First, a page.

For example, if you have bottom feeders like catfish, you want to choose smooth sand as gravel could harm their underbelly. Guppy grass is not picky about the substrate because it is not really getting nutrients from the substrate; the substrate is just anchoring the plant.
In terms of lighting, Guppy Grass grows best in low to medium conditions. If the light is too low, your plants will not be as green. If the light level is too high, you run the risk of burning the Guppy Grass, and the plant’s color will turn reddish rather than green.
When you are growing and caring for Guppy Grass, it is important to be aware of the lighting conditions of any other aquatic plants that you may be housing in your tank. If the Guppy Grass is not pruned and clipped regularly, the dense plant may block the light source from reaching your other plants, robbing them of vital nutrients and choking them.
As with any inhabitant of a community tank, it is vital to look at the needs and well-being of the whole community.
Guppy Grass can survive in very small tanks; in fact, a nano tank would even work, but it’s recommendable to get a larger tank due to its rapid growth. If you use a nano tank, it’s likely to outgrow the tank really quickly. We recommend a 15-gallon tank at the minimum.
Keep in mind that the tank size you need will really depend on how many fish and others are in your community aquarium.
As we mentioned before, Guppy Grass is a robust aquatic plant that can be found in myriad water conditions, still or fast-moving, freshwater or brackish, cool, and warm.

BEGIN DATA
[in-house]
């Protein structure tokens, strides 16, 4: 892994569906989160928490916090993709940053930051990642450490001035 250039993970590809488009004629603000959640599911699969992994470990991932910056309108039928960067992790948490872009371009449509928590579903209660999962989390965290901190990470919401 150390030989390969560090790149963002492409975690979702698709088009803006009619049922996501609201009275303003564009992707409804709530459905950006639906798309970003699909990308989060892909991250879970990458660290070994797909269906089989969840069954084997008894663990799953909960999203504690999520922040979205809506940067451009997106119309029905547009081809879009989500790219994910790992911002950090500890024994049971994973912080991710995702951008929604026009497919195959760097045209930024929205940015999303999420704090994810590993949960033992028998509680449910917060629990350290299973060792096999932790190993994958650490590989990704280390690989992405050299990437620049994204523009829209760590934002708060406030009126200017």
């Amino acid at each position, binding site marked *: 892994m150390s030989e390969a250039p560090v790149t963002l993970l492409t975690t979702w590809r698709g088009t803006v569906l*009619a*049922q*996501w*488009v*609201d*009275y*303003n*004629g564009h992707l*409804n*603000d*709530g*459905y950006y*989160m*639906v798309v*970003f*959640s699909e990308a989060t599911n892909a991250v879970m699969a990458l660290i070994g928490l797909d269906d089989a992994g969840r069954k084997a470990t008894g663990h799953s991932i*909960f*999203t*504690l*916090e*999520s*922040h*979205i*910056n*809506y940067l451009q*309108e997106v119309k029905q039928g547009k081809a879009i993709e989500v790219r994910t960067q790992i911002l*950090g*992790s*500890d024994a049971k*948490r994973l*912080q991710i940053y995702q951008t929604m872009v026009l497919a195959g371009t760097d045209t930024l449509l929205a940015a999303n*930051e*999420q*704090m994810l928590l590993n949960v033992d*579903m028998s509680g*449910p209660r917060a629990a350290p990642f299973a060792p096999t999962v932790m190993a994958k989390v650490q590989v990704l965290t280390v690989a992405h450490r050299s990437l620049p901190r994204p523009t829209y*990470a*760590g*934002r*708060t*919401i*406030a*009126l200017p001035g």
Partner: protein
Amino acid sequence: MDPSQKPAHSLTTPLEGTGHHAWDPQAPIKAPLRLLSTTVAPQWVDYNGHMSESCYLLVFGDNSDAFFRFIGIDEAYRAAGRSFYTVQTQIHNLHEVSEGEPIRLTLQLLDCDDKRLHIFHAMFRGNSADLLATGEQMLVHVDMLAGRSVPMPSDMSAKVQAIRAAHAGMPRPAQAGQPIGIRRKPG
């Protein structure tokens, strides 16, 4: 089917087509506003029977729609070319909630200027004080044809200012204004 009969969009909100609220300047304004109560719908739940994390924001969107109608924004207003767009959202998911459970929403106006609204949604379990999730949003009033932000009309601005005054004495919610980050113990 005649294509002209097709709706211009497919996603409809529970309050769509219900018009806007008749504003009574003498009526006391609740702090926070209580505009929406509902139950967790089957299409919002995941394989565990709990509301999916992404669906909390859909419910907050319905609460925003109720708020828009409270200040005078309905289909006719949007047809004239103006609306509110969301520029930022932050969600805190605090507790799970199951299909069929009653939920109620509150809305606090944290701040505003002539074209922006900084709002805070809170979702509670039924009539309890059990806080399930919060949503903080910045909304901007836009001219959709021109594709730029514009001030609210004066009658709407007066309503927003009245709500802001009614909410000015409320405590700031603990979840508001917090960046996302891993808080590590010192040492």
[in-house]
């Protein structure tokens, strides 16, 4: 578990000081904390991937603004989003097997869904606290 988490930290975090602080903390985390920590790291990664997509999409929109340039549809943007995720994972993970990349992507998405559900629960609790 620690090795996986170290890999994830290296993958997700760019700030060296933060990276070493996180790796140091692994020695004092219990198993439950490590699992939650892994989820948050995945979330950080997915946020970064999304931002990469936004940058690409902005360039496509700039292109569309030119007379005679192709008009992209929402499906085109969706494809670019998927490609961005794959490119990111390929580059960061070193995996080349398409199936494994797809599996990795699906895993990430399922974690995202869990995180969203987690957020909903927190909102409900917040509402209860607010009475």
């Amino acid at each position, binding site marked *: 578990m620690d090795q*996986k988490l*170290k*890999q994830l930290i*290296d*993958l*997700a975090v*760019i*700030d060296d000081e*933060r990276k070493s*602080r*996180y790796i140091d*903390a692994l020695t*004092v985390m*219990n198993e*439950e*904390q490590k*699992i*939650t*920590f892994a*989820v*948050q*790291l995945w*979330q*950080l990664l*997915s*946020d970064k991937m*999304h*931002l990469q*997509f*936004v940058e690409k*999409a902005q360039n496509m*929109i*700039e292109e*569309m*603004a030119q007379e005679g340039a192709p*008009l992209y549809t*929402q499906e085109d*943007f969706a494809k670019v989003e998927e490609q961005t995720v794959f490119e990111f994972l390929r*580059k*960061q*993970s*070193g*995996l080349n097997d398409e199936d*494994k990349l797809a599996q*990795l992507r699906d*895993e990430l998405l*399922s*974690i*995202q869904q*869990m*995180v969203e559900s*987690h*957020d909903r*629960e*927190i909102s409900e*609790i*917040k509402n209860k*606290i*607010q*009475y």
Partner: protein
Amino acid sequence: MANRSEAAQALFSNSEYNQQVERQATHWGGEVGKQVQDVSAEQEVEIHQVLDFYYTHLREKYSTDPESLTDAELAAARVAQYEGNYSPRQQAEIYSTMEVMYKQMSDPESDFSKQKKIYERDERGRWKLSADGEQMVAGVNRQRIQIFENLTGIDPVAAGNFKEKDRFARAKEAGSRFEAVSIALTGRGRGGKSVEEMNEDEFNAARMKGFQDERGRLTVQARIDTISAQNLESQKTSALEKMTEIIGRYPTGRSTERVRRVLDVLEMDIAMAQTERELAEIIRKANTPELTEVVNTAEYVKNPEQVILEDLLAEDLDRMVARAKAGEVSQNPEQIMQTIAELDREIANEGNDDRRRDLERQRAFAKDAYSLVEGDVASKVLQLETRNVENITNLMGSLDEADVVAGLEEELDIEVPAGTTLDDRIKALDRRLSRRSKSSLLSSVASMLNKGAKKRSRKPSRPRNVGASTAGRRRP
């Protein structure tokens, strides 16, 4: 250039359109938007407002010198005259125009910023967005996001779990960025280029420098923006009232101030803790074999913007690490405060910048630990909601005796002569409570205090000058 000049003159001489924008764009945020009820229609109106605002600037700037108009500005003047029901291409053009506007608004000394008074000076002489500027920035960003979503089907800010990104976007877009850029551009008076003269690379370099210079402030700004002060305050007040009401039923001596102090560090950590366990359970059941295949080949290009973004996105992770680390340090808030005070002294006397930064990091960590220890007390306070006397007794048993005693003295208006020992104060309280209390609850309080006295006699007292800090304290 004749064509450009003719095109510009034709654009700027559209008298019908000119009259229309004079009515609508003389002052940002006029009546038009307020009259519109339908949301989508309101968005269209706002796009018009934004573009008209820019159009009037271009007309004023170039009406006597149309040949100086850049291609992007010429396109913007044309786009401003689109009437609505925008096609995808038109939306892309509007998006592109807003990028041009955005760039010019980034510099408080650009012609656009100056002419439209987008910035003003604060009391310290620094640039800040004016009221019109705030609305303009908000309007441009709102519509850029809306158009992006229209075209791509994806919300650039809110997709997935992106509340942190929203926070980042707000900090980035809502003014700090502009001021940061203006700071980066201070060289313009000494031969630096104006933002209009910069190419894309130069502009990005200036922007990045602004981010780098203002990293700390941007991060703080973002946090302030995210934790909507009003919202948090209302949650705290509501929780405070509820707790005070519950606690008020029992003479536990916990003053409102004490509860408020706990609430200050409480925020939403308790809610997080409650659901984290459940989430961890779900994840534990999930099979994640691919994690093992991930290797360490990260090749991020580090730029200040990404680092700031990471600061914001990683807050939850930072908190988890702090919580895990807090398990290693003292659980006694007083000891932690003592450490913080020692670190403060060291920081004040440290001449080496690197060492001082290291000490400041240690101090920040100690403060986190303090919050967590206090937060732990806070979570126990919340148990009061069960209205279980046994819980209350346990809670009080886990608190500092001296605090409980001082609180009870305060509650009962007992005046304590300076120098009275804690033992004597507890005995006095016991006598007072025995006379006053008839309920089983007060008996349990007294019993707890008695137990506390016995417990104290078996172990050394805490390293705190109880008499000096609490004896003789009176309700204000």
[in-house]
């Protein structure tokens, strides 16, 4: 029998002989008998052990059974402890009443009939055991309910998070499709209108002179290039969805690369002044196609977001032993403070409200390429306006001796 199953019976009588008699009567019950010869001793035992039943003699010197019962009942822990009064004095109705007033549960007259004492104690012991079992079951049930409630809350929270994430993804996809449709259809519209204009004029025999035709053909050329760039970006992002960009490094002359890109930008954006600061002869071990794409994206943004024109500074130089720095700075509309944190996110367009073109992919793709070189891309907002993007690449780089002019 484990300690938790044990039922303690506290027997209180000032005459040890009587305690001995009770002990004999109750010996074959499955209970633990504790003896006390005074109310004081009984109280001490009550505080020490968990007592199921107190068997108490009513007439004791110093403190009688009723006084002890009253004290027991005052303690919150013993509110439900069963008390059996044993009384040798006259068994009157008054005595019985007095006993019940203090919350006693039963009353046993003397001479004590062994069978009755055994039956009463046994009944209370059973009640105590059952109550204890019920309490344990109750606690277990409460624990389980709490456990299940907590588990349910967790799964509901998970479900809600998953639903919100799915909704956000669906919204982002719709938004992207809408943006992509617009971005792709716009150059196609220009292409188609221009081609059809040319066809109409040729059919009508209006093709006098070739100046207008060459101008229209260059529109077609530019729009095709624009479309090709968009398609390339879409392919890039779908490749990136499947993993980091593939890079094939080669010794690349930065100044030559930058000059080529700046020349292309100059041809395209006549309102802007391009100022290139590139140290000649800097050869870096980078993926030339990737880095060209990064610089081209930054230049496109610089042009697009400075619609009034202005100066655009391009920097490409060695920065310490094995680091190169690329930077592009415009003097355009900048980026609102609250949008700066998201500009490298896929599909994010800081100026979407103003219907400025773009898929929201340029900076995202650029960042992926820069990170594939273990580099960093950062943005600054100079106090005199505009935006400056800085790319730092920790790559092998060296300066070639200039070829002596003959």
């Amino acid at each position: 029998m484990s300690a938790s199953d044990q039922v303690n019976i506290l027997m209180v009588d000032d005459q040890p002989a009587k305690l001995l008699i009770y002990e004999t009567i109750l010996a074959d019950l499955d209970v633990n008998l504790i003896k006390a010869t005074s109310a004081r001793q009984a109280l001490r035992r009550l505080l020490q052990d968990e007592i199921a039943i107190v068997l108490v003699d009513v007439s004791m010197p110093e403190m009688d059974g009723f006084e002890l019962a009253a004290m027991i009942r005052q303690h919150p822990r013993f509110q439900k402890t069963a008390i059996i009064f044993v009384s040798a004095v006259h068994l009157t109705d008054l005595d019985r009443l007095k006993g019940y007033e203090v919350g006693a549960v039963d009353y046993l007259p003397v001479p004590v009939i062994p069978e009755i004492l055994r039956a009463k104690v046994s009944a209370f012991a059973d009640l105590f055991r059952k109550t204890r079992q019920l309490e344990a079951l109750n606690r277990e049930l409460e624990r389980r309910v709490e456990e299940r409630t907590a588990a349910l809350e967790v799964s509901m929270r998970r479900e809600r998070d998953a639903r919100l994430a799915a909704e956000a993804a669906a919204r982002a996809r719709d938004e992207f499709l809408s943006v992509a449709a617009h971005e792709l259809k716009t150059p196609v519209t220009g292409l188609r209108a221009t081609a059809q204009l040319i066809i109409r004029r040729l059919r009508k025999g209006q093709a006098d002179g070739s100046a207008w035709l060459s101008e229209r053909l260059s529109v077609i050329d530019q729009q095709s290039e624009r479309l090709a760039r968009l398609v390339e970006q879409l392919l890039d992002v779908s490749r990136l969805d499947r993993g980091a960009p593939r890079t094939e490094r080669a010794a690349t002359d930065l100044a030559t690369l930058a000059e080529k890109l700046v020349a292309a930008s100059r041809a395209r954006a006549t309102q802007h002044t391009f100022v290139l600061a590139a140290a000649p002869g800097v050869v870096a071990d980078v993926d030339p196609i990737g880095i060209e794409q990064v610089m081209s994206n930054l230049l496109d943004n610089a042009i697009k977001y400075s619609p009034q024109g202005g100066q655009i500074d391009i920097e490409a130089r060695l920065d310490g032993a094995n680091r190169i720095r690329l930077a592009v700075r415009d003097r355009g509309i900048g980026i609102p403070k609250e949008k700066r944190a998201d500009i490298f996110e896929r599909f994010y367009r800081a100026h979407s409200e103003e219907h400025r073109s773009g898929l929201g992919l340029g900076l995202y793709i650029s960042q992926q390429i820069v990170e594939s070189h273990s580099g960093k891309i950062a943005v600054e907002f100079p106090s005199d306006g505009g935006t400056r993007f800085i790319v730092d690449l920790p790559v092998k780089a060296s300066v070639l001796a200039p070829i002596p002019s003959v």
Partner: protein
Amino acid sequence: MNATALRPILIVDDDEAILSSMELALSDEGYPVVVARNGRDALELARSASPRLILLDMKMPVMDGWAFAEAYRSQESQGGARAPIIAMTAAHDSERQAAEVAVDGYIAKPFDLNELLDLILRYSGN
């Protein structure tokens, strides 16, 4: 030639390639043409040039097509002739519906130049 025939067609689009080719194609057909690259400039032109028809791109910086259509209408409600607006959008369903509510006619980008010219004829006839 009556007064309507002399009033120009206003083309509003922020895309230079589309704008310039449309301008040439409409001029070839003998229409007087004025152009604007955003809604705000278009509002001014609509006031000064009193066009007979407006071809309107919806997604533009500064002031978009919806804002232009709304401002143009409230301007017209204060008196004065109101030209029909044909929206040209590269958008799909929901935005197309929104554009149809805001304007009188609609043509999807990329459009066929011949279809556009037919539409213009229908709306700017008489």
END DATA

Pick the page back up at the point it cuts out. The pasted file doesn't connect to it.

The optimal parameters to ensure a close match to their natural habitat are:
- pH levels: 6.0 to 8.0 (around 7.0 is best)
- Water hardness: 5 to 12 dKH
- Water temperature: 68°F to 79°F (20-26.1°C)
Water flow should be lower for optimal Guppy Grass growth.
How should I plant Guppy Grass?
Guppy grass can be planted or left to float. The planting decision you make will affect how the leaves grow. So visually the leaf appearance will vary if the najas grass is planted in the substrate or is left floating.
This is important to remember because Guppy Grass is sensitive to changes in conditions, so if you have a floated najas plant and you try to plant it in the substrate, you may be unsuccessful and it may melt.
We also recommend the floating option since Guppy Grass does not feed off the substrate, so your plants may grow and perform better if they are not planted. Of course, you might decide to float some and plant some for a little variety in both location and appearance.
If you are having trouble with the Guppy Grass melting, be patient and don’t go crazy adding fertilizer. Likely they need some recovery time and space to regroup. Adding liquid fertilizer may have the effect of a steroid and cause overgrowth. It’s better just to let it rest and recover.
If you decide to float your najas grass, equally divide the stems before putting them along the water column. If you would rather plant the najas grass, you still need to divide the stems, but then you’ll plant them at least two inches into the substrate. Basically, you’re just holding the plants in place since the Guppy Grass doesn’t have strong roots.
By name, Guppy Grass markets itself as a great tank mate for guppies. However, it is also suitable for small freshwater fish, dwarf shrimp, crabs, and crayfish. It is also good food for herbivores — there is a chance that they could kill off the najas grass, but it is so abundant that it should not be a problem.
Beneficiaries of Guppy Grass include: